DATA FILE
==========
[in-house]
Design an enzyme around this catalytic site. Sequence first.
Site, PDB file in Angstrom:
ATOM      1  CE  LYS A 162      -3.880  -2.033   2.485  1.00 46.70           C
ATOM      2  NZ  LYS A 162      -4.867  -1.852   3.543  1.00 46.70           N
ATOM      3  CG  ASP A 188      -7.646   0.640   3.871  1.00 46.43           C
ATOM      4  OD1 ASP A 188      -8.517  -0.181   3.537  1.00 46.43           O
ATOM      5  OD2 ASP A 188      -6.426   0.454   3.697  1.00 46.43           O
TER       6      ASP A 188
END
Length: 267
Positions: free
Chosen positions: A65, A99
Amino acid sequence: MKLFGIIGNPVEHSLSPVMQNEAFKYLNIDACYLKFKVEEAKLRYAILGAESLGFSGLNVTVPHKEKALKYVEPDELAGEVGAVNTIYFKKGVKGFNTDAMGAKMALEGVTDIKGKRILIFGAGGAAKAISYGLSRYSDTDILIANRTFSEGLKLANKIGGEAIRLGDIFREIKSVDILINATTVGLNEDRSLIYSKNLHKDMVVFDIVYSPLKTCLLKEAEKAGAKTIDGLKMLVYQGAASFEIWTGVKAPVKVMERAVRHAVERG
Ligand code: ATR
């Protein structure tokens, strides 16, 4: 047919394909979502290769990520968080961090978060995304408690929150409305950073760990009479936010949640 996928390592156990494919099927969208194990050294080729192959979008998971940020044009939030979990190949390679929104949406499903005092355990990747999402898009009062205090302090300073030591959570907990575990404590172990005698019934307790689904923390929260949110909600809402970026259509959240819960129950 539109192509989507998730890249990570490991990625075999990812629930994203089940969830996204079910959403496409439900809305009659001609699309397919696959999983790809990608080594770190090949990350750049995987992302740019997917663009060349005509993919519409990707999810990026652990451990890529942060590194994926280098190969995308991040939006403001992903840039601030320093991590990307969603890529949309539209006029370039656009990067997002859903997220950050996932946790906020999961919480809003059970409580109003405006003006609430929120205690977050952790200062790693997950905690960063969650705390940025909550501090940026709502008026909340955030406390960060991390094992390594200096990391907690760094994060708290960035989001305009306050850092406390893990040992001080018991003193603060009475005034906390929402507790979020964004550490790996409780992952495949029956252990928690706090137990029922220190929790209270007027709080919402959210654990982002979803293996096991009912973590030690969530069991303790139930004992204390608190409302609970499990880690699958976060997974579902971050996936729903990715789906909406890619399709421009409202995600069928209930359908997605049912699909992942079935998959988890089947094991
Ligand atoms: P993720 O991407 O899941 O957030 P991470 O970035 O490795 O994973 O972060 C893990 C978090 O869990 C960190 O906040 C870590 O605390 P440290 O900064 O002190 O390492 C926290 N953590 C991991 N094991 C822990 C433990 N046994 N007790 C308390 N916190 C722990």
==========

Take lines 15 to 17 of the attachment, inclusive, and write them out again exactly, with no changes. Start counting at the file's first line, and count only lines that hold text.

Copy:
Ligand code: ATR
């Protein structure tokens, strides 16, 4: 047919394909979502290769990520968080961090978060995304408690929150409305950073760990009479936010949640 996928390592156990494919099927969208194990050294080729192959979008998971940020044009939030979990190949390679929104949406499903005092355990990747999402898009009062205090302090300073030591959570907990575990404590172990005698019934307790689904923390929260949110909600809402970026259509959240819960129950 539109192509989507998730890249990570490991990625075999990812629930994203089940969830996204079910959403496409439900809305009659001609699309397919696959999983790809990608080594770190090949990350750049995987992302740019997917663009060349005509993919519409990707999810990026652990451990890529942060590194994926280098190969995308991040939006403001992903840039601030320093991590990307969603890529949309539209006029370039656009990067997002859903997220950050996932946790906020999961919480809003059970409580109003405006003006609430929120205690977050952790200062790693997950905690960063969650705390940025909550501090940026709502008026909340955030406390960060991390094992390594200096990391907690760094994060708290960035989001305009306050850092406390893990040992001080018991003193603060009475005034906390929402507790979020964004550490790996409780992952495949029956252990928690706090137990029922220190929790209270007027709080919402959210654990982002979803293996096991009912973590030690969530069991303790139930004992204390608190409302609970499990880690699958976060997974579902971050996936729903990715789906909406890619399709421009409202995600069928209930359908997605049912699909992942079935998959988890089947094991
Ligand atoms: P993720 O991407 O899941 O957030 P991470 O970035 O490795 O994973 O972060 C893990 C978090 O869990 C960190 O906040 C870590 O605390 P440290 O900064 O002190 O390492 C926290 N953590 C991991 N094991 C822990 C433990 N046994 N007790 C308390 N916190 C722990």